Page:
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I don't think I can go to sleep until I write this down, so here I am. When I woke up on Saturday, the Lord immediately started talking to me about John, the brother of James. The disciple refers to himself as beloved. The fact that Jesus brought him up didn't surprise me in the least. I love every page and word of the bible, but the Gospel of John has always held an extra special place in my heart. And, some causes are geekier than others. For example, as a former English major, I adore how the Holy Spirit led him to write and structure his specific telling of the Gospel. Right down to diction, syntax, and word choice of every sentence. Or maybe it has something to do with the fact that, in some way, the origin of my last name is derived from him. Regardless, the testimonies of Mary Magdelene and John move me and challenge me continually. I have been dialoguing with the Holy Spirit about this for seventy-two hours, and if I'm honest, a lot longer.


So, according to biblical scholars and historians, John, the brother of James, was the

the youngest disciple among the twelve. And they place him somewhere around the age range of thirteen to sixteen years old at the time that Jesus called him. He is the only disciple many believe in having died from natural causes, and it's thought that he may have lived well into his 90s and most likely outlived all other twelve disciples. A lot of developmental and life-changing events happen between the ages of thirteen and sixteen years old. So can we think about that for a minute? Yes, Jesus entrusted the gospel to teenagers. Let that sink if that's the first time you're pondering that information. The book of Mark chapter Three verse Seventeen says that Jesus gave James and John the nickname Boanerges which translates to mean "sons of thunder." The two sons of Zebedee earned their nickname because both boys were often prone to passionate outbursts and anger from time to time. What transforms a kid from being referred to as a son of thunder to being referred to as the disciple whom Jesus loved? And not only is he the disciple whom Jesus loved, but John is the one who refers to himself as the disciple whom Jesus loved.

I’ll tell you what does that. John had a Power encounter, a Truth encounter, and a Love encounter With the humanity and the divine nature of Jesus Christ. He didn’t just experience it once. He had repeated encounters every day, 365 days a year for 24 hours a day, for three years, and that doesn’t even count the number of moments before those three years. Can we please talk about John because we need to? Can we please talk about John, the brother of Jesus, because we talk about him a lot, but I still don't think we talk about him enough. We need to talk about John, the one disciple who knew Jesus on a level that the other ten didn’t. Please. And let’s start here.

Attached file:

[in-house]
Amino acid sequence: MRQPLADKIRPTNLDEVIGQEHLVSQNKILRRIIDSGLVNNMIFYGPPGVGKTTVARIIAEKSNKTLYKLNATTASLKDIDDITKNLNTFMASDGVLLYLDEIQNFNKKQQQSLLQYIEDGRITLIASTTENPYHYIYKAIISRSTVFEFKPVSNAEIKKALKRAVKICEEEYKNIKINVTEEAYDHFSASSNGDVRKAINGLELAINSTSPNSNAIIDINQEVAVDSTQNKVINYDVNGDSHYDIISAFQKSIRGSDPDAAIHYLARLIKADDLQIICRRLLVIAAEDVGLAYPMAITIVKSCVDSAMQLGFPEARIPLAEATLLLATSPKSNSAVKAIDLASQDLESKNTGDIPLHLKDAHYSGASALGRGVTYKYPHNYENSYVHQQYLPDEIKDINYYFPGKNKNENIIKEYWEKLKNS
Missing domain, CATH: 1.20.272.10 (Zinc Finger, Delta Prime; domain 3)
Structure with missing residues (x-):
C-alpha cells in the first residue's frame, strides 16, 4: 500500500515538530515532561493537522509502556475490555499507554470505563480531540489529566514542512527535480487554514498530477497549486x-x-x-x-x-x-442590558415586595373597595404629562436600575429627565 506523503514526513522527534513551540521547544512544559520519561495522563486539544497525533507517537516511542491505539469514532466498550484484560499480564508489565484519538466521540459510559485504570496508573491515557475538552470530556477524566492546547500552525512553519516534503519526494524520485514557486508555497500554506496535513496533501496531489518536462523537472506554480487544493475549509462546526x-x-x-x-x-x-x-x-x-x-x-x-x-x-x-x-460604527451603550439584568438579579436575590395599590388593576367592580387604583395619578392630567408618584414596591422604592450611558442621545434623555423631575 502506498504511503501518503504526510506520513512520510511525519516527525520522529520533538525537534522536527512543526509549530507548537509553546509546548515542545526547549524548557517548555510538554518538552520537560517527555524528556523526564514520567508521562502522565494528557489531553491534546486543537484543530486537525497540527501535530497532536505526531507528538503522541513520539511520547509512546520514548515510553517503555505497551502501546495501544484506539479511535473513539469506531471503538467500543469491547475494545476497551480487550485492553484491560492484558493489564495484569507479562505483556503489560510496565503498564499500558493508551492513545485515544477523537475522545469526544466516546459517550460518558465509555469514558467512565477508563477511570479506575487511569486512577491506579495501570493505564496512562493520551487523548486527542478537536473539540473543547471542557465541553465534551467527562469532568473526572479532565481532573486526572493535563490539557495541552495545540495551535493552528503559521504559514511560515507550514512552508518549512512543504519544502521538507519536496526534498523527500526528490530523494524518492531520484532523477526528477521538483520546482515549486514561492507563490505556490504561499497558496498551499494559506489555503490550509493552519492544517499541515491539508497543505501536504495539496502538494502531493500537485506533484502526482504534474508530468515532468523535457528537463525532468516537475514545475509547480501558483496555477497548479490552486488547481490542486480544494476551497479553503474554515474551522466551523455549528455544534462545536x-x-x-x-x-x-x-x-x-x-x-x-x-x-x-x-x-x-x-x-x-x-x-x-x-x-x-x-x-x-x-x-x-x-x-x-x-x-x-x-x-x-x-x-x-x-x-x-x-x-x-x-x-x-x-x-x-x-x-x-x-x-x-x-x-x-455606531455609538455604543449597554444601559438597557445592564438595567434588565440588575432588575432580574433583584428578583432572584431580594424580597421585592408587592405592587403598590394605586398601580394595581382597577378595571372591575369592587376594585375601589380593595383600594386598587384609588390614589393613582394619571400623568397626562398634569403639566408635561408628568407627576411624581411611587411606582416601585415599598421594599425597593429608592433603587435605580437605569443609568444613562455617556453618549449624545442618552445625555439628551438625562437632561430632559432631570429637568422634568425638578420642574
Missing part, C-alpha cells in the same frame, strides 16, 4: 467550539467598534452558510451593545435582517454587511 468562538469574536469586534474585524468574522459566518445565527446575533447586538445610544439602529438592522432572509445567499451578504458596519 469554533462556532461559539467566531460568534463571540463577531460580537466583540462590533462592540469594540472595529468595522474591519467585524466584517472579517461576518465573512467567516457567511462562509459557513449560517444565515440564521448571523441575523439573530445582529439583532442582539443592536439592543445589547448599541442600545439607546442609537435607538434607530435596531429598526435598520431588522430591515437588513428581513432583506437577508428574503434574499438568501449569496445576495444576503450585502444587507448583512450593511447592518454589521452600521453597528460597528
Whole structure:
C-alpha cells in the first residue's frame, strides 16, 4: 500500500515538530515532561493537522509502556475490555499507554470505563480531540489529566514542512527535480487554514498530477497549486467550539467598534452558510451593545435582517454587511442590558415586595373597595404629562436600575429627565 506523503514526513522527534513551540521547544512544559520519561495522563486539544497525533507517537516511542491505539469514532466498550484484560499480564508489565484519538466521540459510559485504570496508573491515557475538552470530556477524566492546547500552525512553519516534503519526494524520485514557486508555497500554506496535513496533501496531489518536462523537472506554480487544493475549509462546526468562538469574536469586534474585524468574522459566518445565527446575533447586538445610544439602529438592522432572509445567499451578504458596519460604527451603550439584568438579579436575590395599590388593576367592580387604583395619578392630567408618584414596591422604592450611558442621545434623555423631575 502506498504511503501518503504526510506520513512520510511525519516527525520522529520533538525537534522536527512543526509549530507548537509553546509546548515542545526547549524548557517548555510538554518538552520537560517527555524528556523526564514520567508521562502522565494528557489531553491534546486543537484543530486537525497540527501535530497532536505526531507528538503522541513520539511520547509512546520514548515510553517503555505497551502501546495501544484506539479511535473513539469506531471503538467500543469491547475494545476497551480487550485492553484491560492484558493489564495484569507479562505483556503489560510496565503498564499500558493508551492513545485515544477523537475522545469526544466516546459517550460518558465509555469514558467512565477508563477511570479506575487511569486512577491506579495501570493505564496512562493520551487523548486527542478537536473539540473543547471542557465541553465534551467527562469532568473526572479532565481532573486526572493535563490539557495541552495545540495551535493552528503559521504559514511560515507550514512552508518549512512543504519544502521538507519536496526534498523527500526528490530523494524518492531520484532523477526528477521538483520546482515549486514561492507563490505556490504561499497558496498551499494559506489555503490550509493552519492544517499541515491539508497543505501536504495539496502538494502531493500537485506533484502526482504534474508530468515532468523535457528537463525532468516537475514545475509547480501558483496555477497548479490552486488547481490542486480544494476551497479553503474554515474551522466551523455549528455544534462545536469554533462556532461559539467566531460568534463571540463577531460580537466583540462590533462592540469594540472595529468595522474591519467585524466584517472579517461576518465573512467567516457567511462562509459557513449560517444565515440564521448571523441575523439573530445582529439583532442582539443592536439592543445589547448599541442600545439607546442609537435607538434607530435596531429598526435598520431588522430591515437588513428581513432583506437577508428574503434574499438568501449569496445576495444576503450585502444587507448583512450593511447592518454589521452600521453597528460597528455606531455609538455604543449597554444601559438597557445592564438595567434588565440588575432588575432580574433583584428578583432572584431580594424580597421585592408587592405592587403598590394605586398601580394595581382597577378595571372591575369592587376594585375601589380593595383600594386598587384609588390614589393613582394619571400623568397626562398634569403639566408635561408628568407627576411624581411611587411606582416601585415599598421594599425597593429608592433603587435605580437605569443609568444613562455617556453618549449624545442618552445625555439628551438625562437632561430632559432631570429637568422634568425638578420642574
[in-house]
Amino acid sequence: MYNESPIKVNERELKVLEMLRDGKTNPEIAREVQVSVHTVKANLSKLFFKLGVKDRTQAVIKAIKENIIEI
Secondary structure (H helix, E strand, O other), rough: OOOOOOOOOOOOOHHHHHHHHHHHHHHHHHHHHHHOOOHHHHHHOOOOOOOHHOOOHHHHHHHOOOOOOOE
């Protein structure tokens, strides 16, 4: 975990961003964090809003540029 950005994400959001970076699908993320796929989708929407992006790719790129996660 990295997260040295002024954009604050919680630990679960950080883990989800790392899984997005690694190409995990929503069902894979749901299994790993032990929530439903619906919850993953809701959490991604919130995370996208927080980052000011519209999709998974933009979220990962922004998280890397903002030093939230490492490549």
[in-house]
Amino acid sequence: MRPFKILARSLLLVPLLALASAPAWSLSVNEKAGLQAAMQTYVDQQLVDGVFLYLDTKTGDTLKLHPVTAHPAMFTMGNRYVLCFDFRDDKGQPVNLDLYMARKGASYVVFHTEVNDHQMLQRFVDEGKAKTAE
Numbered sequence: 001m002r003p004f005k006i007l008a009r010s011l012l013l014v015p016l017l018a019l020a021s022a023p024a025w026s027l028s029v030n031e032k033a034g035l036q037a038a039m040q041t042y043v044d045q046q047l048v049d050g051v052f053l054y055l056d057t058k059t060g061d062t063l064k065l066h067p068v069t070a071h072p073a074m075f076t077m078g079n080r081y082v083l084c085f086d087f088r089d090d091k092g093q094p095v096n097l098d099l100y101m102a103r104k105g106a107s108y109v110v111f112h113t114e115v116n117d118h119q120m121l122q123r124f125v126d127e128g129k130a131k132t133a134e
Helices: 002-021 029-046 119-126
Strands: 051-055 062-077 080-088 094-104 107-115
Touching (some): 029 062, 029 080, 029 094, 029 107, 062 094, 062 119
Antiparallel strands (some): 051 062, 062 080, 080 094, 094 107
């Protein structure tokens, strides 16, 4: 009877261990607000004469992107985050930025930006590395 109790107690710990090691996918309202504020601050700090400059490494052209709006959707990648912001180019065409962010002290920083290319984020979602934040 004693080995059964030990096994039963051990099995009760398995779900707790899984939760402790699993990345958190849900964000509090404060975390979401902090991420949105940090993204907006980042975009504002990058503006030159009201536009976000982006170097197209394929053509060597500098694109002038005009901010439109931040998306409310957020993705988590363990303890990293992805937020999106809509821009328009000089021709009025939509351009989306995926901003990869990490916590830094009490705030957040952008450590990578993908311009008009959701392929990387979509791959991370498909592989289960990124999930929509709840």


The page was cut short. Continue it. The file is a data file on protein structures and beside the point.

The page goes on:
Can we talk about the fact that the history of the world begins in the garden of Eden, a place where intimacy is born between man and God. But in that same place, sin enters the world, and humanity chooses autonomy. We need to start by talking about the fact that yes, father God is definitely there but so is the Holy Spirit, and so is Jesus. Because in the opening chapter of John, it says, “in the beginning, was The word and the word was with God all things were made through him and without him nothing was made that was made in him was life. Life was the light of men, and the light shines in the darkness, and the darkness did not comprehend it.” Jesus is the light of the world. Jesus was there with the Father and the Spirit at creation. This means he was also in the garden of Eden, and he saw how his beloved ate from the tree of good and evil. And as a result of discovering their nakedness, They hid behind leaves in shame as if he had never seen them naked before. We need to talk about the fact, but the night before he was crucified, Jesus went back to a garden. The garden of Gethsemane. A different garden than before but still a garden. And he prayed until he bled tears and he cried, and he asked for his dad to take the cup away. And he took John; Peter: and James with him further into the garden than the rest of the disciples.


Have you ever considered that perhaps John reclined at the table in the upper room next to Jesus the entire night? John had his head on the chest of Jesus for the whole of the dinner party; until Jesus got up to wash their feet. I guarantee you that that evening of the Last Supper was not the first time, nor was it the last time that John had ever placed his head on the chest of Jesus for hours at a time. It was not the first time that they've sat in that position throughout their relationship with one another. I can guarantee you that John has grown very accustomed to the chest of Jesus and has fallen asleep on his chest. Listening to him talk by fires light simply because he's at peace, not for any perverted reason. John is falling asleep to the sound of many waters many times before. The soothing tone of Jesus’ voice, paired with a pattern of his breathing, has rocked a young teenage boy to sleep many times over the past three years. You see, John could recognize the voice of the Lord so intimately and so closely.